As noted by Moran (9), many students due to lack of effective communication channels for the immigrant students, many are complete unaware that they can access education.
Moran noted that the efforts by one of the house representative’s bills introduced to offer in-state tuition to undocumented workers’ children born in the United States have not been acted upon by the government operations (9).
Undocumented Students and Higher Education by Kim and Jeannette (2013)
Summary of Kim and Jeannette Literary Work
The article by Kim and Jeannette talks about the undocumented students and higher education with reference to the challenges they face. According to the two authors, it is noted that college immigrants are faced with the tribulations that include having to deal with barriers that hinder them from gaining access to secondary education, inability to be admitted into the desired colleges or universities based on laws that do not allow their entry, and inability to access the colleges as a result of not being in a position to pay the higher tuition fees even if they would qualify and be allowed to attend the colleges.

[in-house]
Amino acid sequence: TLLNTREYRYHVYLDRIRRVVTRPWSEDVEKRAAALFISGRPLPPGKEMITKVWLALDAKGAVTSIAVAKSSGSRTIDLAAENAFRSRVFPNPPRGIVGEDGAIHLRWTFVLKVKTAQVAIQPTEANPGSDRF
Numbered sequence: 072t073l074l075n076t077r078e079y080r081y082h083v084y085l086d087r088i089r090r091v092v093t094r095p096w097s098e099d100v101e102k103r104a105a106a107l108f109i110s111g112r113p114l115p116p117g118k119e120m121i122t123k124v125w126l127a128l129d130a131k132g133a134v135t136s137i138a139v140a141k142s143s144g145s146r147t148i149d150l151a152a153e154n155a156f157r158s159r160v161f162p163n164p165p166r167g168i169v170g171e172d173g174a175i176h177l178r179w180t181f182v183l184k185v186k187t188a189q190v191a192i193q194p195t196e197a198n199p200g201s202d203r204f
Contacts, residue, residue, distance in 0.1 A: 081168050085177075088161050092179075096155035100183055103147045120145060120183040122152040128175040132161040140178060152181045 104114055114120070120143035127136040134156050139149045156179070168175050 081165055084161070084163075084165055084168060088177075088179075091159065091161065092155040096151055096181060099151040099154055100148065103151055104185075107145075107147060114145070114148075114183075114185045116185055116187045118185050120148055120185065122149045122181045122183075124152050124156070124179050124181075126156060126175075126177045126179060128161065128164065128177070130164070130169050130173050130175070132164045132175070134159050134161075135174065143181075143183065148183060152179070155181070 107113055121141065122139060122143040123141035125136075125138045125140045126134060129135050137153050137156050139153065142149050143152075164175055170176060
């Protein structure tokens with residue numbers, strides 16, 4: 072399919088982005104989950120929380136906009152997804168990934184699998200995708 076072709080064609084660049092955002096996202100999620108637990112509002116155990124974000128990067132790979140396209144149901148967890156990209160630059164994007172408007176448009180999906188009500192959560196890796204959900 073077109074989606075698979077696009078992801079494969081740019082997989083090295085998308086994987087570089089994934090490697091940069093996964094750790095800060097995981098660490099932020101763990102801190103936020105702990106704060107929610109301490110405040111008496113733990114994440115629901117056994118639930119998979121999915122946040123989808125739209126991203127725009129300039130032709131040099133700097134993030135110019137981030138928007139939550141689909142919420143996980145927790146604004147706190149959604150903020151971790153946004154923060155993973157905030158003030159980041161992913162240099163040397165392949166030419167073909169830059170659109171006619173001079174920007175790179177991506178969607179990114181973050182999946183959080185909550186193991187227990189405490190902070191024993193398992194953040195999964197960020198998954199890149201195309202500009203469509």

Nevertheless, there are many compelling reasons justifying why the immigrants should be granted secondary education. The authors in this article explain that in the United States of America where the majority of the laborers emanate from the immigrant group, secondary education that shapes an individual’s carrier line is crucial for the experiences required for particular job types. Unfortunately, the Congress has failed in its mandate to address the educational issues affecting the immigrants' other states focusing on challenges including immigrant access to colleges, offering in-state tuition to residents, and access to financial aids and scholarships notwithstanding. The list of ideas in this paper is quite long yet some cannot go unmentioned in this summary. As such, points of view that are important for understanding the challenges that immigrants are subjected encompass federal regulations that immigrant students have to succumb, how the state approaches and response to the plights of the immigrants’ quests for higher education, and forces opposing in-state tuition rates in favor of undocumented students.
How Kim and Jeannette’s Article Suits the Study